As usual during my Ethics class we talked about something completely unrelated to Ethics. Tonight it was “progressive revelation.” Honestly, I was pretty zoned out for much of his soliloquy. I did regain consciousness long enough to see what was written on the board though:
“Progressive Revelation – Its culmination is Jesus”
In actuality, the “is” was not italicized, but rather was underlined three times. My question is one of simple logic: how is it progressive if it has a culmination? Answer: it’s not. Progressive revelation starts from what it desires to be the end and says that everything that went before was only partially true or pure or contained only some partial understanding while that which I uphold contains all truth and is the fullest understanding possible. It would be much more honest of proponents of progressive revelation if they would simply say that anything that is not what they consider to be the truest and fullest revelation is simply untrue. I say this because if progressive revelation were taken to the fullest of its implications, then its proponents would have to understand Islam as superseding Christianity, Mormonism superseding Christianity and Islam, etc., but they are wholly unwilling to support this view.
My other point of contention with Christian Progressive Revelation is that it firmly upholds supersessionism, insofar as it relates to Christianity superseding Judaism and Gentile Christians superseding Jews as God’s chosen people. This is a view that I vehemently oppose.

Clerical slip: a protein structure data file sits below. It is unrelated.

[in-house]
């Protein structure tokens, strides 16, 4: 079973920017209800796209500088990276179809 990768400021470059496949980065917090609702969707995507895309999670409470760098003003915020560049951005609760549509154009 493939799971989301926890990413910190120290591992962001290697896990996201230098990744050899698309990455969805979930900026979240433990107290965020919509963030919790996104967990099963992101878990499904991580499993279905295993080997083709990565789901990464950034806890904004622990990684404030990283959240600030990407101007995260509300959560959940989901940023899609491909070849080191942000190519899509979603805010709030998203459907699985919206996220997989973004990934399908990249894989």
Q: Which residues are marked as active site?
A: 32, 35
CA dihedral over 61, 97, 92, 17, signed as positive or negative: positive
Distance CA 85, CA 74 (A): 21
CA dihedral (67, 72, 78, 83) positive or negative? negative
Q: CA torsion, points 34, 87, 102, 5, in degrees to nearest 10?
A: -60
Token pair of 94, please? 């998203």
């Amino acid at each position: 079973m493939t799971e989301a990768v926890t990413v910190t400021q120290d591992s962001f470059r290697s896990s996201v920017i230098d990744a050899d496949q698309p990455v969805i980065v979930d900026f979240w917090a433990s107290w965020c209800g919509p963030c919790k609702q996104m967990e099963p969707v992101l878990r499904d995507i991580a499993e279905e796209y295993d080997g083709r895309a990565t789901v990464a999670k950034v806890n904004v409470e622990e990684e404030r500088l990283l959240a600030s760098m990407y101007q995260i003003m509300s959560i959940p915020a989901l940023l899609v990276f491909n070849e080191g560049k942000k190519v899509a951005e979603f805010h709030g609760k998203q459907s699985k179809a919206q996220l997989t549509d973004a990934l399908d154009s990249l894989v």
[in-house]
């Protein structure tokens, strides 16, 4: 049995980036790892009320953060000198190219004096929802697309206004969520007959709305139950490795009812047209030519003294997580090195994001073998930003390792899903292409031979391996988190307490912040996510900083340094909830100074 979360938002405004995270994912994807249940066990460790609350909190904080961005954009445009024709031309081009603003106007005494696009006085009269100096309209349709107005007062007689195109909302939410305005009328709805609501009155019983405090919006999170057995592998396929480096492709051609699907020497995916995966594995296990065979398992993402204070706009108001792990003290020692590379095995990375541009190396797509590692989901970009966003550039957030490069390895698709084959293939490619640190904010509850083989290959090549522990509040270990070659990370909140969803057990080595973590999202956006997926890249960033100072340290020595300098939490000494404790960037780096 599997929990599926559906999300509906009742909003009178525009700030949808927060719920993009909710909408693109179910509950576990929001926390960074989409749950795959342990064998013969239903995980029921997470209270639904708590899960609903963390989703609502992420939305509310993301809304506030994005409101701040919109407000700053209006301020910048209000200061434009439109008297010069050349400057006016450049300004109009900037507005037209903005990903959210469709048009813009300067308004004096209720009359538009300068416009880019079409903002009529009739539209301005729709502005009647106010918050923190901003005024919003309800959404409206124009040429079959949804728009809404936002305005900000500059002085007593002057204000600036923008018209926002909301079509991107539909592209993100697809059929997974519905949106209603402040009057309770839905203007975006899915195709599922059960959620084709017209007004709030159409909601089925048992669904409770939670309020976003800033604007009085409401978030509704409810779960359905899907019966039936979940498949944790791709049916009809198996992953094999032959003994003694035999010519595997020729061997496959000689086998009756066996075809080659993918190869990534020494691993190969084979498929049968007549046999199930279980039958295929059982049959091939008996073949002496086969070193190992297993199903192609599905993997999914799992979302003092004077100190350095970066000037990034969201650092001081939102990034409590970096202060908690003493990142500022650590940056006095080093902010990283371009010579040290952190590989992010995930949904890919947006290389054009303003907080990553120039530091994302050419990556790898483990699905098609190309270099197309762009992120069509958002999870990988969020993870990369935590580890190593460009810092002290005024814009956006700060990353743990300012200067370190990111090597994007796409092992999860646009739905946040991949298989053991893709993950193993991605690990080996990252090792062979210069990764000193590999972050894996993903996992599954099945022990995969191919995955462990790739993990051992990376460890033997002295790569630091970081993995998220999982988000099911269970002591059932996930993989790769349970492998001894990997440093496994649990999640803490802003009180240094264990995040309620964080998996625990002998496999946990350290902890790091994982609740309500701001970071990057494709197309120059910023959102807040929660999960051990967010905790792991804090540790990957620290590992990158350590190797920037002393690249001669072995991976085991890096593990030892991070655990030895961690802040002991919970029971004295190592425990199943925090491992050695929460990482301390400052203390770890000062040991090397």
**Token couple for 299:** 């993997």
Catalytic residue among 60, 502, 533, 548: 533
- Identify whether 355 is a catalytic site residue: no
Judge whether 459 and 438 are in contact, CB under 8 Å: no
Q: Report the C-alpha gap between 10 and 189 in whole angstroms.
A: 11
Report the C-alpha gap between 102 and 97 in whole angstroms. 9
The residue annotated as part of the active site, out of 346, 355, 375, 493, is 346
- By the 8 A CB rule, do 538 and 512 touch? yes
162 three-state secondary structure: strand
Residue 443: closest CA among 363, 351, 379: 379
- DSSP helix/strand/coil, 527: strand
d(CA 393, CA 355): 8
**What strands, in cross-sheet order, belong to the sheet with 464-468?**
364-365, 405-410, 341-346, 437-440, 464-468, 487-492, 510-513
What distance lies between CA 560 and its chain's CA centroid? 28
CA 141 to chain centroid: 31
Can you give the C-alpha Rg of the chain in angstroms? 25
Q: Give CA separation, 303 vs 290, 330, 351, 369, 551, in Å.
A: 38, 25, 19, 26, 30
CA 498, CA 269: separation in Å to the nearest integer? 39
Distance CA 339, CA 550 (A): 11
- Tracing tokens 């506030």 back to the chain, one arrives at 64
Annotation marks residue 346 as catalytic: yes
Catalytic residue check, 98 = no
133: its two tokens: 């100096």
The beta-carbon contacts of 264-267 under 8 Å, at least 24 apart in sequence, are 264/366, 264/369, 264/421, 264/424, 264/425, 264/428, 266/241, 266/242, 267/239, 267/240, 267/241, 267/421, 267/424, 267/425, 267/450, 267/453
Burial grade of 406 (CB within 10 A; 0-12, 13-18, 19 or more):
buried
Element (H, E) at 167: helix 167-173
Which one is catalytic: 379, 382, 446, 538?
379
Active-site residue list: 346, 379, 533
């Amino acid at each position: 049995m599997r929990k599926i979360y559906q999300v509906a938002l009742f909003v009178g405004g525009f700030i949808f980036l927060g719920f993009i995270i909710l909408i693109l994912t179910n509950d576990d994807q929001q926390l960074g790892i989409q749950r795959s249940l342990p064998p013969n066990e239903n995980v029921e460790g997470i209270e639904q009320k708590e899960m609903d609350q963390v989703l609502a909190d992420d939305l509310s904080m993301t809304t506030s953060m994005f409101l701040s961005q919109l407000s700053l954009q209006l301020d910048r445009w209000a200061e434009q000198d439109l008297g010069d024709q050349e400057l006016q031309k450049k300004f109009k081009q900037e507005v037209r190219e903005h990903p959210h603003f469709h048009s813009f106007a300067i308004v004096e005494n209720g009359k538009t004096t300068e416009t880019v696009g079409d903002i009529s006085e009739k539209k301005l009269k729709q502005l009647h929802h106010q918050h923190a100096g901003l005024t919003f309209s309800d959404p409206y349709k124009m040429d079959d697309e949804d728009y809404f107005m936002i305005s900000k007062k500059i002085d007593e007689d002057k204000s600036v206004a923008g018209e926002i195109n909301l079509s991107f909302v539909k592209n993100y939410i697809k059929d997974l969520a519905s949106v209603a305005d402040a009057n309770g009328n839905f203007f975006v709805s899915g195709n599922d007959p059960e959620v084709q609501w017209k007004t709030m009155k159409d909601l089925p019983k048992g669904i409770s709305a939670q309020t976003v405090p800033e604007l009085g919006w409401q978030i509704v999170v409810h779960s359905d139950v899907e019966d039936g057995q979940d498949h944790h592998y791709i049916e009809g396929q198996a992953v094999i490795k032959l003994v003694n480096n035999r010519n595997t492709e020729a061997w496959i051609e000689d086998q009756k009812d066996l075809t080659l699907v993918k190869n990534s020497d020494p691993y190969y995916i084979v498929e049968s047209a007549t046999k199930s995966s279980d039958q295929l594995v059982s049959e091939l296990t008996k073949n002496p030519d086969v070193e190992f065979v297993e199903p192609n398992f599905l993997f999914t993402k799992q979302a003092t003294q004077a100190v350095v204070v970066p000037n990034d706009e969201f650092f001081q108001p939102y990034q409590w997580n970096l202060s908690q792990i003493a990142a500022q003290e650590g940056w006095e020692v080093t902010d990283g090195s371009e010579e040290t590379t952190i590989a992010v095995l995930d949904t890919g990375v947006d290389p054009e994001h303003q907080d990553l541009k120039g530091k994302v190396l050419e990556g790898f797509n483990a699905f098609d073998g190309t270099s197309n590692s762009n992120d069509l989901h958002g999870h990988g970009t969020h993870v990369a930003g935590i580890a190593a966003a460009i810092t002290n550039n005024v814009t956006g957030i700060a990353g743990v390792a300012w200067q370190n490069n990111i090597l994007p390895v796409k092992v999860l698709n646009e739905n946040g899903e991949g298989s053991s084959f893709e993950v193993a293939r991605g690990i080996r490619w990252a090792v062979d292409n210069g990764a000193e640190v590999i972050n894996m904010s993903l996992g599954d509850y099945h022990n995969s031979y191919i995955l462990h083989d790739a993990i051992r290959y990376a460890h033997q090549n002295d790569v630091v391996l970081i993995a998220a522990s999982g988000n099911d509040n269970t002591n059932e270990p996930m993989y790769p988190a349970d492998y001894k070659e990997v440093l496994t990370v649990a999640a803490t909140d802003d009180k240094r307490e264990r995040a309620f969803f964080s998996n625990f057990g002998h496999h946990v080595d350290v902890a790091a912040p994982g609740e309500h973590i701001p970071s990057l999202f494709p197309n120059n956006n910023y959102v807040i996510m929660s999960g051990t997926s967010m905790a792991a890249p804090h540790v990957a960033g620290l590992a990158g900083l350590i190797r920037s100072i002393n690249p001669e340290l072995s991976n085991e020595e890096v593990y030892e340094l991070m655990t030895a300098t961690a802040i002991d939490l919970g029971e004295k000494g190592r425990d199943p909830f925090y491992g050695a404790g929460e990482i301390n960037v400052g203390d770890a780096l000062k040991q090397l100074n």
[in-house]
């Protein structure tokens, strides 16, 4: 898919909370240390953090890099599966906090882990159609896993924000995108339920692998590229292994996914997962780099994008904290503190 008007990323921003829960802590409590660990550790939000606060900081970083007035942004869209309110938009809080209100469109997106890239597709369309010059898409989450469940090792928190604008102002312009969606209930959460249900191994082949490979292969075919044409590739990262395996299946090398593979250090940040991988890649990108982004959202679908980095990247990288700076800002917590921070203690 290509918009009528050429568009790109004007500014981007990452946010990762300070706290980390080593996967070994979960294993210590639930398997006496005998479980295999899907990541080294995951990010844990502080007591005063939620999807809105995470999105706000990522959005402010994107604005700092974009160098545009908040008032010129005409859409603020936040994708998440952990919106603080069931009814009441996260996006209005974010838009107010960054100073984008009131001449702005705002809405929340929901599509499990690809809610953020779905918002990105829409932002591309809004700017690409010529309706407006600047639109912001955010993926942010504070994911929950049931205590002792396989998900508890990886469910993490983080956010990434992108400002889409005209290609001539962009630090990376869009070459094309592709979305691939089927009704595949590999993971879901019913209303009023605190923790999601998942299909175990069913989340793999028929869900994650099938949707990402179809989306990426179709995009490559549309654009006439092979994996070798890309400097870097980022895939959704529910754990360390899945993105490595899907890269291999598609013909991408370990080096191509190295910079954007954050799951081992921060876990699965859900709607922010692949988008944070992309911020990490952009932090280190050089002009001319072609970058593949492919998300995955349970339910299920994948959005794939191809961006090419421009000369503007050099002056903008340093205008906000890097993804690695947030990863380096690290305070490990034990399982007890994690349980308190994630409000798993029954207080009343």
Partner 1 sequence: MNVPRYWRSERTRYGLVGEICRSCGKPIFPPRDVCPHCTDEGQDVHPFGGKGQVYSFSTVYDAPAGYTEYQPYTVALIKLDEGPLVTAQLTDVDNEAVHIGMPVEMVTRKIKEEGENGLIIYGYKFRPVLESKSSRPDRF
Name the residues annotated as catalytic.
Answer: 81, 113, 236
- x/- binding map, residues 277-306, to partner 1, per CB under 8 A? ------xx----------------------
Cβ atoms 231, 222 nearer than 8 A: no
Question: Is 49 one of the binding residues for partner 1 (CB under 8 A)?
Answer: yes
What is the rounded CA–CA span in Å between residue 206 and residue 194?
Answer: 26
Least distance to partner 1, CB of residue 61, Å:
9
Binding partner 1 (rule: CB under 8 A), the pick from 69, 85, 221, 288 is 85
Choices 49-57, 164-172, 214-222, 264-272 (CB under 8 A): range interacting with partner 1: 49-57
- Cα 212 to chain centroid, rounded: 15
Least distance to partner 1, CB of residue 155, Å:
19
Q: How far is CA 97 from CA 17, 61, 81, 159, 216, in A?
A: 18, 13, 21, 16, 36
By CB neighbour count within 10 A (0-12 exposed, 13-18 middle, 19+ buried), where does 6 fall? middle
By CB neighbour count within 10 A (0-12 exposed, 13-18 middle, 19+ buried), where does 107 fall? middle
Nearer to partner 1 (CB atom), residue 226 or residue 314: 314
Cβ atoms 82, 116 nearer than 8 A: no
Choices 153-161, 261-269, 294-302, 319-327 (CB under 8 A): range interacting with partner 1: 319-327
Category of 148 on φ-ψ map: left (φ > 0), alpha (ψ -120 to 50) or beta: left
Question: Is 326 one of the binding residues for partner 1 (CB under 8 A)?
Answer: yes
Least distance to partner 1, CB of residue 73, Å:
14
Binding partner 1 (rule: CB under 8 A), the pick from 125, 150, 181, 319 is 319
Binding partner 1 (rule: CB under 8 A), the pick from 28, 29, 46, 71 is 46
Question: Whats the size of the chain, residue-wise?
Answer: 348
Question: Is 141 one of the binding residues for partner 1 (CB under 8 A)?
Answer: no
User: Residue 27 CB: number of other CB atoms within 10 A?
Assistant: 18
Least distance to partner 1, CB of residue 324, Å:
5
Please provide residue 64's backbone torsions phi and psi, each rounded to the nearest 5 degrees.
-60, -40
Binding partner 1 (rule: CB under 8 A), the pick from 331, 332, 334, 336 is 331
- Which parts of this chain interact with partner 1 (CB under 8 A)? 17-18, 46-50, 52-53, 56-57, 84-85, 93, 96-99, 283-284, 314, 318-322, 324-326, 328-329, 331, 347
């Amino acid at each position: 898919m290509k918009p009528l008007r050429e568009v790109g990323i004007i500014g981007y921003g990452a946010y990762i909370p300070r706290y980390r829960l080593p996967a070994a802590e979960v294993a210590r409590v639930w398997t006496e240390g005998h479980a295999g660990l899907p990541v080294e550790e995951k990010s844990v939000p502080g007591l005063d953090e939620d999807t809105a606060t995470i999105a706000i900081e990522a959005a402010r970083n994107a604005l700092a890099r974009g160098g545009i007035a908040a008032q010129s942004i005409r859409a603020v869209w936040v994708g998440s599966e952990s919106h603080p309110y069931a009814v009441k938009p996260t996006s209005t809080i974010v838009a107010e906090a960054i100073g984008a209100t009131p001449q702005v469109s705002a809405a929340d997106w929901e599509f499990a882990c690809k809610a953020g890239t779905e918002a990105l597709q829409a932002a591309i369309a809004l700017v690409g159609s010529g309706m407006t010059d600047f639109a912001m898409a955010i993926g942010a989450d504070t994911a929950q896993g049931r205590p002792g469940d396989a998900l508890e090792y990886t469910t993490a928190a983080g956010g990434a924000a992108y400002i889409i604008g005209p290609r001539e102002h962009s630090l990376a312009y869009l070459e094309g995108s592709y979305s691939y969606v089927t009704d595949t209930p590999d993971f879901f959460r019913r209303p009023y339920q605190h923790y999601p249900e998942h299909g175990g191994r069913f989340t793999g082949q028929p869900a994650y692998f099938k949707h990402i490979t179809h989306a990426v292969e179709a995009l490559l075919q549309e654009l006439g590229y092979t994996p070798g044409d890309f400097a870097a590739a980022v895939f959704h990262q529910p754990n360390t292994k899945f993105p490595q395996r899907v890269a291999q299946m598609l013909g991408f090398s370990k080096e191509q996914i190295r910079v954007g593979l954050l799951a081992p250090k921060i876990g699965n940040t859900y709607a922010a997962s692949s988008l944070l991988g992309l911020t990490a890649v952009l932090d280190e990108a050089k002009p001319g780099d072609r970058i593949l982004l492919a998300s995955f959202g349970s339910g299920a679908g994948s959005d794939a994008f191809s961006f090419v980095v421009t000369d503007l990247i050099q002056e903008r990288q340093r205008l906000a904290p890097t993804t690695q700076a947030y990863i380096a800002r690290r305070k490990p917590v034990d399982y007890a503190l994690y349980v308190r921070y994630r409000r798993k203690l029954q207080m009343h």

So, adhere to progressive revelation if you want to, but if you do chose to adhere to it, do it logically and rationally. Do not say that you believe in progressive revelation if by that you really mean, “I think I have the absolute hold on truth and everything that came before was merely precursor to what I have and everything that follows is heresy.”
On another note, that is still somewhat related, please stop reading the Christian Scriptures (New Testament) into the Hebrew Bible (commonly referred to as the Old Testament). As much as many people hate to hear it, Isaiah had no idea who Jesus the Nazarene was when he was writing (his “suffering servant” model that so many apply to Jesus was actually most likely in reference to Cyrus) and the Abraham and Isaac story was not a foreshadowing of Jesus and his act of being a sacrifice. The Hebrew Bible is very important, for me at least, and is very influential in my own faith, but let it stand on its own without reading it christocentrically.